6 thoughts on “Zocalo: Spoiler-Free Discussion of “Endgame””

  1. My suggestion for Clark trying to destroy Earth and killing himself is that by this time he’s under the control of a Shadow Keeper.

    Both Shadows and now the Drakh are the kind of people who destroy as much as possible when they lose. (Scout ship in Shadow Dancing, Drakh leaving Za’Ha’Dum.) I can imagine a Keeper being programmed to do as much damage as possible if Clark looks like losing.

    This would explain that weird note Clark left. Shades of grey again, this is Clark trying to warn others what he’s been forced to do. It’s the same kind of indirect messaging that Captain Jack tried to warn Franklin and Marcus with.

    1. While that idea is certainly plausible, I think it undercuts the entire message of the Earth Civil War arc, which is idealistic democracy versus authoritarianism. More importantly, the authoritarian side is supported by people who are very much like “us”, but who either believe in a different interpretation of the same principles or are committed to that side out of necessity or circumstance. Only a very few people can be considered outright “evil”, and those are basically the most authoritarian of all.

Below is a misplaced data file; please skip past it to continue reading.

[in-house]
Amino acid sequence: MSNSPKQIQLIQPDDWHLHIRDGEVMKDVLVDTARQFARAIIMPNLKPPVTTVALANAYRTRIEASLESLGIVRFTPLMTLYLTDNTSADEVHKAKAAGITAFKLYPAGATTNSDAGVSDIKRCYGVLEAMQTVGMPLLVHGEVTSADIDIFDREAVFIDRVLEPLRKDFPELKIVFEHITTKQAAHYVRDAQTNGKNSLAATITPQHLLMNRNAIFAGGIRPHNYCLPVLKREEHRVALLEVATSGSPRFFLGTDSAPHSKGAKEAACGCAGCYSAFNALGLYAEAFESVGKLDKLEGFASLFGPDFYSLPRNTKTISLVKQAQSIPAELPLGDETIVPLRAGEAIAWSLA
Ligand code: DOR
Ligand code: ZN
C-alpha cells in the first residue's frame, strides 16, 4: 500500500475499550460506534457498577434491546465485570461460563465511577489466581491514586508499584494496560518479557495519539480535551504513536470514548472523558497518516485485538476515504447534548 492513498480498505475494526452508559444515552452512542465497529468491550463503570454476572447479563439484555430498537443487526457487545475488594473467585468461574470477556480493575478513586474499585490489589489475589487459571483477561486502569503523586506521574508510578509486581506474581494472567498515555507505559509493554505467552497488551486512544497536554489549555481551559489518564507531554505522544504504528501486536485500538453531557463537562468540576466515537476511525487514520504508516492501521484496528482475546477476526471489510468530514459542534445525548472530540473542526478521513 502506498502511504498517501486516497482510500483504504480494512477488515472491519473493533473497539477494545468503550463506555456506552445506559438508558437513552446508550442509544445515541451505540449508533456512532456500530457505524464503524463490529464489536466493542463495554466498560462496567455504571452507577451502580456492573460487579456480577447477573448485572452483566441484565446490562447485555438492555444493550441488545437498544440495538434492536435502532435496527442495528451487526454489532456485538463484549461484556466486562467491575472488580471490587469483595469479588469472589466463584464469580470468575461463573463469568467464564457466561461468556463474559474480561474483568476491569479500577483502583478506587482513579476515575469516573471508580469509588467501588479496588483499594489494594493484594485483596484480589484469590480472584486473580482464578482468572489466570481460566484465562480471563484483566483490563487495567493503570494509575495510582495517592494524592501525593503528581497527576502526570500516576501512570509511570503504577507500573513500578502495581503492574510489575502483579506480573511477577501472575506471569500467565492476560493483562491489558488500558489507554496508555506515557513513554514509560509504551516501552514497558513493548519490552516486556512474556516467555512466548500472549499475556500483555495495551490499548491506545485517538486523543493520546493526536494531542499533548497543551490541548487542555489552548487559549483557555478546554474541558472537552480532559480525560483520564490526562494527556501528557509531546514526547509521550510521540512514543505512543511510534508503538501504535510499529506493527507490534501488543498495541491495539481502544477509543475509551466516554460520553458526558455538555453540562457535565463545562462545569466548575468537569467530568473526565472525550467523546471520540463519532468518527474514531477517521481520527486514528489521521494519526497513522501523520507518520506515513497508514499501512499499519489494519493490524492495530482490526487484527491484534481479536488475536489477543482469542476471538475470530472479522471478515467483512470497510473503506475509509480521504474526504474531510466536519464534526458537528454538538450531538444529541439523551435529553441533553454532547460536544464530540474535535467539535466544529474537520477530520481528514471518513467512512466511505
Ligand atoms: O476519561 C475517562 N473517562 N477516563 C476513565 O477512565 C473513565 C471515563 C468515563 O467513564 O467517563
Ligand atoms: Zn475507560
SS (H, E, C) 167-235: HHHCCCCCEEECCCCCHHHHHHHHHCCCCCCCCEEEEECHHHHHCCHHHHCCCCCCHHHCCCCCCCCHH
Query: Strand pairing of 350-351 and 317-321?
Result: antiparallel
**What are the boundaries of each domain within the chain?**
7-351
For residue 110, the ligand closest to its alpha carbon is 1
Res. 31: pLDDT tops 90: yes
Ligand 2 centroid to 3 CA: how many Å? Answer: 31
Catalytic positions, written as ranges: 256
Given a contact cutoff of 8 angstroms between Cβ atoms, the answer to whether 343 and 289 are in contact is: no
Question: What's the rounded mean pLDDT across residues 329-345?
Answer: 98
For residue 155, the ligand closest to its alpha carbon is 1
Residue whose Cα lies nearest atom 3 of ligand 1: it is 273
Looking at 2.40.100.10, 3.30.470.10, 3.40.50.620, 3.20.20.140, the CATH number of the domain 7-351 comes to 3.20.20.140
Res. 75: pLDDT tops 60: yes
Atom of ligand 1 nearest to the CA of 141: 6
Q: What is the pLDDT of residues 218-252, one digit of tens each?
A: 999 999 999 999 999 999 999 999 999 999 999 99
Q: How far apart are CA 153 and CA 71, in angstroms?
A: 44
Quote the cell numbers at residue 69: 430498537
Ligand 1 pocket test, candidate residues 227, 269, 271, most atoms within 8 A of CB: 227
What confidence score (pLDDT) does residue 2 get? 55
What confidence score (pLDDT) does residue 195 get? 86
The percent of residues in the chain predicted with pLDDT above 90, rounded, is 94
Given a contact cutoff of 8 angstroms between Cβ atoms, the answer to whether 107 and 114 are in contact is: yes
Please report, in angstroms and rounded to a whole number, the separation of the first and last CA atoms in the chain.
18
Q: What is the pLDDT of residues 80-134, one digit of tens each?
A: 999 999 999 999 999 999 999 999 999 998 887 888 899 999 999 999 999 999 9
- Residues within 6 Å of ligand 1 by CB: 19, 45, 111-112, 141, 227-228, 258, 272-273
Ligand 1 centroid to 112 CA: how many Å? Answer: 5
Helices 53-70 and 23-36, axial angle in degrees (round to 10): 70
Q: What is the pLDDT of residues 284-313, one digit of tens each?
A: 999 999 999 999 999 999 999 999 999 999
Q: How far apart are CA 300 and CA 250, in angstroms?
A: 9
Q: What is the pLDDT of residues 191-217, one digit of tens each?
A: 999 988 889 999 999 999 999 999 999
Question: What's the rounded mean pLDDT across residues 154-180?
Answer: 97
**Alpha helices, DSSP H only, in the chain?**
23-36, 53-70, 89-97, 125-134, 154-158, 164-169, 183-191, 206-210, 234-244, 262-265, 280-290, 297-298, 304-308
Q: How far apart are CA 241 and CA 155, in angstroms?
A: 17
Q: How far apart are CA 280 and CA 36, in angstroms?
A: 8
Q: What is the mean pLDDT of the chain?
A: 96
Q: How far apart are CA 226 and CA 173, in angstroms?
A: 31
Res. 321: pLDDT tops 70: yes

Clark gained his office because he sought power and wanted to enforce his authoritarian principles. He recruited like-minded people, slowly, and that was how he managed to take control of EarthGov.

      If all of that was being controlled by a Keeper, then it makes the entire principle of the conflict pointless. Counterintuitively, it’s because it weakens the Clark faction’s motivations and principles. Many of those people were fighting for what they believed in (the office of the president, rule of law, or whatever), and if it suddenly turns out that they were being manipulated by aliens, then it’s no longer a fight about principles. It’s not even really a civil war.

      There are plenty of historical and literary examples of leaders committing suicide when confronted with the loss of everything they fought for. I don’t think Clark’s suicide indicated madness, exactly. It indicated such a binary mode of thinking that if he lost, he couldn’t let the other side gain anything from it. The closest well-known example I can think of (that doesn’t have obvious historical baggage) is Jean Valjean.

      It would be interesting to delve into the psychology of Clark, to figure out what drove him to seek power and to drum up so much hatred (was it out of actual hatred of aliens, or was it just a convenient tool). But that’s effectively impossible given what B5 has shown us, since JMS consciously kept Clark off camera as much as possible, focusing on his impact on the people around him.

      Because that’s what the civil war story was about: the people fighting the conflict, and their beliefs.

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